While weather cancellations continue to haunt our agility class (we were originally supposed to return to class this week), I’ve started teaching Rain how to roll over!
It has been fairly challenging to keep Rain (and myself) active and engaged over the last several weeks. The weather has made even getting to work challenging, and who wants to go outside when it’s 17 degrees and extra windy? Even when the weather hasn’t been a challenge, I’ve had some extra time off and I’ve been a bit lazier than usual.
And what happens with an Aussie without enough mental and physical stimulation? They get a bit crazy and start meeting their needs in other ways. And so it was with Rain, who spent many hours barking at squirrels in the apple tree. In winter, an apple tree full of old apples is a grand buffet for squirrels, hummingbirds, and more.
After one particularly awful day, I started using our Reactive Rover exercises to curb the squirrel alerts. And it was working—although rewiring her brain around squirrels will be a very long-term task.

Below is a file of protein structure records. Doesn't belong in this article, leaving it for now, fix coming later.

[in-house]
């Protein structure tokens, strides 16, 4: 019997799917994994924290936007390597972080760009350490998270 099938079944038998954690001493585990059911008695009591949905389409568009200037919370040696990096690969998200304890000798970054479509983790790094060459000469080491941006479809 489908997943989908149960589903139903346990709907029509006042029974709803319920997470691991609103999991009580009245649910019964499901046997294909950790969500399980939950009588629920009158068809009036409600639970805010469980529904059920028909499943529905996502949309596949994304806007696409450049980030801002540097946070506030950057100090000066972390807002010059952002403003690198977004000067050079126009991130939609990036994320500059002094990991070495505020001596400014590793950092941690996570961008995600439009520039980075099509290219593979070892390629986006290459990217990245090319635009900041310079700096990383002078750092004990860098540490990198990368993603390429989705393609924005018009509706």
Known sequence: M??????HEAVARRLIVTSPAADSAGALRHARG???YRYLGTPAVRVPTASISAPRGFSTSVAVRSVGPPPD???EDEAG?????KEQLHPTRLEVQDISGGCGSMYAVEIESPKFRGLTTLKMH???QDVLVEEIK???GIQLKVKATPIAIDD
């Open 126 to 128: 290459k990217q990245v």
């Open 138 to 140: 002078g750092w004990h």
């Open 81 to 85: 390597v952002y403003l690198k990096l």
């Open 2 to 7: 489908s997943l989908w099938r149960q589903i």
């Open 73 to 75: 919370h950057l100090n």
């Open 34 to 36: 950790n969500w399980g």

Then I was looking for something new to work on her with, and I thought that rolling over would present a decent challenge. You see, Rain only lays on her side or back in moments of extreme relaxation or to get a scritch. She will NOT do it otherwise, and my attempts to access her stomach for brushing have been laughable at best. She has an iron will.
How do you teach a dog to roll over? YouTube got me started:
What this video helped me with was to think about breaking a roll-over into chunks. First step for a dog with an iron will who won’t even lie on her side? Lure her into lying on her side! That was our first session.
A few days went by, and I started her second session. Within a few minutes, I had her rolling over on her left side! I made a video to commemorate this momentous occasion (and also in case I needed it for others to believe me):
Shortly after making that video we visited my parents to (hopefully) show them her new trick. She performed masterfully! Even my parents cheered for Rain, as they knew what a big deal this was.
Skye, in her younger days, was a master at rolling over. Once she learned it, if she thought you might give her a treat, she’d throw herself to the ground and roll over again and again.
During our third session, Rain started rolling over on the other side, so now she can roll over on both sides! Of course now I need to phase out the lure and add in a hand signal.
Of course I’m proud of all the work Rain and I have done together, but this one is particularly sweet because we did it all by ourselves.